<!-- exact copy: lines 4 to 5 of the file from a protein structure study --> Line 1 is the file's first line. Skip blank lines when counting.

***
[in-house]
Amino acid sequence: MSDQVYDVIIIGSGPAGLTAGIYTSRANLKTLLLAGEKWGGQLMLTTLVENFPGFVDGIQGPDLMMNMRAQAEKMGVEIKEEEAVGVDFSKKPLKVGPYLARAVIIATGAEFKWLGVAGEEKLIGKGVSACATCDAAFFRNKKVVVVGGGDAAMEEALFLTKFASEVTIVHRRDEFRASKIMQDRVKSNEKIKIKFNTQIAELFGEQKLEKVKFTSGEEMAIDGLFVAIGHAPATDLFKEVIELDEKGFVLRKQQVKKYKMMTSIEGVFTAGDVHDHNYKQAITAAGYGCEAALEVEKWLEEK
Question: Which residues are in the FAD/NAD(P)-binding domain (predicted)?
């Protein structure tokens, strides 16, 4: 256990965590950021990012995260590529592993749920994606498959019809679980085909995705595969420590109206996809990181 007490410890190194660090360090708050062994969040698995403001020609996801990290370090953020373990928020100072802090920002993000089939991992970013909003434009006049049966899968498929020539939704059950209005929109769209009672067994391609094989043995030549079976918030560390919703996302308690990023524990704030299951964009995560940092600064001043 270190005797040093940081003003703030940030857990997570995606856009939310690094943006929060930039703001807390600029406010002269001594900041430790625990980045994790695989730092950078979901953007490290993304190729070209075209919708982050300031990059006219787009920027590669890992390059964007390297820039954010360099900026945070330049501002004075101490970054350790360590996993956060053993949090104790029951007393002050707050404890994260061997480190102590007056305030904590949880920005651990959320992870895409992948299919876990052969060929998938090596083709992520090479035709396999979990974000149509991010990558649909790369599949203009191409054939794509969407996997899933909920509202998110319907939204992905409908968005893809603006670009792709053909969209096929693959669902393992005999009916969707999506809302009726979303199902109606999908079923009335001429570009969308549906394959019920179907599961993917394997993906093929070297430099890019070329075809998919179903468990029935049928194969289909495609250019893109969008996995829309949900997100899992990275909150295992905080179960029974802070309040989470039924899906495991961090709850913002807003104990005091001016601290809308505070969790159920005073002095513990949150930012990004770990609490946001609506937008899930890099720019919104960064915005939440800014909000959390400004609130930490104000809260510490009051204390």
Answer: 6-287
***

């Protein structure tokens, strides 16, 4: 256990965590950021990012995260590529592993749920994606498959019809679980085909995705595969420590109206996809990181 007490410890190194660090360090708050062994969040698995403001020609996801990290370090953020373990928020100072802090920002993000089939991992970013909003434009006049049966899968498929020539939704059950209005929109769209009672067994391609094989043995030549079976918030560390919703996302308690990023524990704030299951964009995560940092600064001043 270190005797040093940081003003703030940030857990997570995606856009939310690094943006929060930039703001807390600029406010002269001594900041430790625990980045994790695989730092950078979901953007490290993304190729070209075209919708982050300031990059006219787009920027590669890992390059964007390297820039954010360099900026945070330049501002004075101490970054350790360590996993956060053993949090104790029951007393002050707050404890994260061997480190102590007056305030904590949880920005651990959320992870895409992948299919876990052969060929998938090596083709992520090479035709396999979990974000149509991010990558649909790369599949203009191409054939794509969407996997899933909920509202998110319907939204992905409908968005893809603006670009792709053909969209096929693959669902393992005999009916969707999506809302009726979303199902109606999908079923009335001429570009969308549906394959019920179907599961993917394997993906093929070297430099890019070329075809998919179903468990029935049928194969289909495609250019893109969008996995829309949900997100899992990275909150295992905080179960029974802070309040989470039924899906495991961090709850913002807003104990005091001016601290809308505070969790159920005073002095513990949150930012990004770990609490946001609506937008899930890099720019919104960064915005939440800014909000959390400004609130930490104000809260510490009051204390």
Answer: 6-287